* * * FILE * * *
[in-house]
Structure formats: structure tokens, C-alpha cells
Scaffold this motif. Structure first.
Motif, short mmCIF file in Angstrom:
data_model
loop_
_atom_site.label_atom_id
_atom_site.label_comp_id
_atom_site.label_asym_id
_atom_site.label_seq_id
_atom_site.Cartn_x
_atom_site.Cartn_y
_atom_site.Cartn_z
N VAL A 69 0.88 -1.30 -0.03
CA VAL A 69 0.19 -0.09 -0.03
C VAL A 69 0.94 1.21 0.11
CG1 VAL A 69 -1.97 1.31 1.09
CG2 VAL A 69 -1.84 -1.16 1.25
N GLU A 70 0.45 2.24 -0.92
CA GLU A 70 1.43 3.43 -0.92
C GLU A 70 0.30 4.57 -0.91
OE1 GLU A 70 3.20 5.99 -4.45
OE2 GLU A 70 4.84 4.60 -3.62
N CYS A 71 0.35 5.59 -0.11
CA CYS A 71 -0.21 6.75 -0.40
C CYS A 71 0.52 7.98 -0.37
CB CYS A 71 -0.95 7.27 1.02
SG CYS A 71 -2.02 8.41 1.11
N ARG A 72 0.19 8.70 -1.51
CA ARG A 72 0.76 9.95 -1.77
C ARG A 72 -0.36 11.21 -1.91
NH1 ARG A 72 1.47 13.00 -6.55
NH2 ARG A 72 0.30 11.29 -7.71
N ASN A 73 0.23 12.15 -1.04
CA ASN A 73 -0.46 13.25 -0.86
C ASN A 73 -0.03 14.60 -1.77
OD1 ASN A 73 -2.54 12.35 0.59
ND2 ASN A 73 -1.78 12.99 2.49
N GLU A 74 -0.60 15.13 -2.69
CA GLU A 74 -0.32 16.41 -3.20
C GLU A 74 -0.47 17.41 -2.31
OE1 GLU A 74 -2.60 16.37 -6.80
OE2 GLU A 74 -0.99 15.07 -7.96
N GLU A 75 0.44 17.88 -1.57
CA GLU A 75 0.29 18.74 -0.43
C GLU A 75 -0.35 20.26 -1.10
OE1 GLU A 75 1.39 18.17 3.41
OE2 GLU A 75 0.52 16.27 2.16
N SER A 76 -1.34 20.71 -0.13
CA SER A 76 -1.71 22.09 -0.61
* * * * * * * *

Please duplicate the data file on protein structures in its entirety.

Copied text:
[in-house]
Structure formats: structure tokens, C-alpha cells
Scaffold this motif. Structure first.
Motif, short mmCIF file in Angstrom:
data_model
loop_
_atom_site.label_atom_id
_atom_site.label_comp_id
_atom_site.label_asym_id
_atom_site.label_seq_id
_atom_site.Cartn_x
_atom_site.Cartn_y
_atom_site.Cartn_z
N VAL A 69 0.88 -1.30 -0.03
CA VAL A 69 0.19 -0.09 -0.03
C VAL A 69 0.94 1.21 0.11
CG1 VAL A 69 -1.97 1.31 1.09
CG2 VAL A 69 -1.84 -1.16 1.25
N GLU A 70 0.45 2.24 -0.92
CA GLU A 70 1.43 3.43 -0.92
C GLU A 70 0.30 4.57 -0.91
OE1 GLU A 70 3.20 5.99 -4.45
OE2 GLU A 70 4.84 4.60 -3.62
N CYS A 71 0.35 5.59 -0.11
CA CYS A 71 -0.21 6.75 -0.40
C CYS A 71 0.52 7.98 -0.37
CB CYS A 71 -0.95 7.27 1.02
SG CYS A 71 -2.02 8.41 1.11
N ARG A 72 0.19 8.70 -1.51
CA ARG A 72 0.76 9.95 -1.77
C ARG A 72 -0.36 11.21 -1.91
NH1 ARG A 72 1.47 13.00 -6.55
NH2 ARG A 72 0.30 11.29 -7.71
N ASN A 73 0.23 12.15 -1.04
CA ASN A 73 -0.46 13.25 -0.86
C ASN A 73 -0.03 14.60 -1.77
OD1 ASN A 73 -2.54 12.35 0.59
ND2 ASN A 73 -1.78 12.99 2.49
N GLU A 74 -0.60 15.13 -2.69
CA GLU A 74 -0.32 16.41 -3.20
C GLU A 74 -0.47 17.41 -2.31
OE1 GLU A 74 -2.60 16.37 -6.80
OE2 GLU A 74 -0.99 15.07 -7.96
N GLU A 75 0.44 17.88 -1.57
CA GLU A 75 0.29 18.74 -0.43
C GLU A 75 -0.35 20.26 -1.10
OE1 GLU A 75 1.39 18.17 3.41
OE2 GLU A 75 0.52 16.27 2.16
N SER A 76 -1.34 20.71 -0.13
CA SER A 76 -1.71 22.09 -0.61